No one highlights the importance of stepping aside more than TOMS shoes founder, Blake Mycoskie. When TOMS started, Blake and his three interns ran the company out of his Venice Beach apartment. Resources were so tight that four employees had to share a single cordless phone. In his book Start Something That Matters Blake describes how, when one day a sales rep from Nordstrom called, having one phone became the perfect opportunity to show when to step aside.

Find Your Inner Dimon

When times get really tough, and your organization is in crisis, being a good leader may not be enough; you’ll need to be a strong one too. In my latest Change Bytes newsletter, “Stepping Up: Are You a Strong Leader?” I told you about some of the important characteristics of strong leaders. From well-founded values to knowing when to step away, strong leaders are decisive and firm in fluid, difficult situations.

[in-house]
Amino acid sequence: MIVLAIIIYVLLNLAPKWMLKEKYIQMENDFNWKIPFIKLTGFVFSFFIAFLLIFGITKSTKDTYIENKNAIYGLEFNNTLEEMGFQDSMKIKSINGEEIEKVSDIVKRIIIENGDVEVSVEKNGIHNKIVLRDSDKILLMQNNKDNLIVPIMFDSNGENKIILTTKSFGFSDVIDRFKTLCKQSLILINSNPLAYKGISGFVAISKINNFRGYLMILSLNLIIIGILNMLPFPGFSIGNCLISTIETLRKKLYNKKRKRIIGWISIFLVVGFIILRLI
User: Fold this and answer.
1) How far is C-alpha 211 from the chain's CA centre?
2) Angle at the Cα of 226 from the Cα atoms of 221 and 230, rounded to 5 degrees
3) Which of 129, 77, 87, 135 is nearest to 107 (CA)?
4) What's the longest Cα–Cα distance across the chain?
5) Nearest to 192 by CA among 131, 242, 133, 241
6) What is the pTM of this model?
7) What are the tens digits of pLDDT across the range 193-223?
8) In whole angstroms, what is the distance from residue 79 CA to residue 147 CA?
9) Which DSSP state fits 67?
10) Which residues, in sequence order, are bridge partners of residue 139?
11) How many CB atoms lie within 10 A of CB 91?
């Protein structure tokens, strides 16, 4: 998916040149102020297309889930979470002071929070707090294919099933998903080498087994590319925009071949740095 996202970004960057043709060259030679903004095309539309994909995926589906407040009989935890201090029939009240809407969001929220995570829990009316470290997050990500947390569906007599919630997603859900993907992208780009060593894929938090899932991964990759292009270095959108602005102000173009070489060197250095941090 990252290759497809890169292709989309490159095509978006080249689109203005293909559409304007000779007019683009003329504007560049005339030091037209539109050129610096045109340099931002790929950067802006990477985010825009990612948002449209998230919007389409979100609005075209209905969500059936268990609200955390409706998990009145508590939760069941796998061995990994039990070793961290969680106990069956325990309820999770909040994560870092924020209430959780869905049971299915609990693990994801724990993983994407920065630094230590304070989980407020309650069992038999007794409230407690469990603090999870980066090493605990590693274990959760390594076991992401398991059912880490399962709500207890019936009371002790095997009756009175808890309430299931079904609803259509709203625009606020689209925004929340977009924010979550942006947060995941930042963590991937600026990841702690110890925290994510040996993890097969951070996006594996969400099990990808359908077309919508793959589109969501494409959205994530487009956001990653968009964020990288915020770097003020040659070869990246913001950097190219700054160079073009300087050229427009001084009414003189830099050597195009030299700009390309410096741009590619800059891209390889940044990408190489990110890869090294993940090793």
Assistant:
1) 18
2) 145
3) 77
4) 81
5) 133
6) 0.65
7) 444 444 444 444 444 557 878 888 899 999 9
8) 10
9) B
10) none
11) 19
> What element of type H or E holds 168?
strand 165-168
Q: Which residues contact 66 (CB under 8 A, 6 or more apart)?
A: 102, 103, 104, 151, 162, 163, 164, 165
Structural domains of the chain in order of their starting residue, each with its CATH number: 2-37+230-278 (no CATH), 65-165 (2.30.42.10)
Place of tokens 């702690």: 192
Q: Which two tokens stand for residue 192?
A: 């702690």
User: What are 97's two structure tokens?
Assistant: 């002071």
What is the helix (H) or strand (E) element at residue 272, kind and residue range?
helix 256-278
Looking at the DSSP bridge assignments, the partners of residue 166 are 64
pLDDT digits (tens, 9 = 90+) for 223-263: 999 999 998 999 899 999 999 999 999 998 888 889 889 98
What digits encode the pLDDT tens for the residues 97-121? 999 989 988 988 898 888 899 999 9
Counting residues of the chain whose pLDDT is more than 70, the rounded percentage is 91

Arguably the most important characteristic of a strong leader is simply stepping up to the challenge, and having a willingness to make hard decisions and take responsibility for the actions of your company and colleagues. No matter your feelings about large corporate banks and their role in the Great Recession, it is clear that JPMorgan Chase CEO Jaime Dimon is a strong leader. In the wake of the 2008/2009 stock market crash, bank stocks were hammered, and many of Dimon’s fellow CEOs lost their jobs. Not only did Dimon keep his, but his out-spoken and candid television appearances eventually earned him the reputation as the unofficial spokesperson for the entire industry. While other CEOs hid in their offices, issuing written statements about the health of their companies and the Banking Industry, Dimon stood before the United States Congress—not once, but twice!—to answer difficult, sometimes angry, questions about his company’s responsibility for the Recession.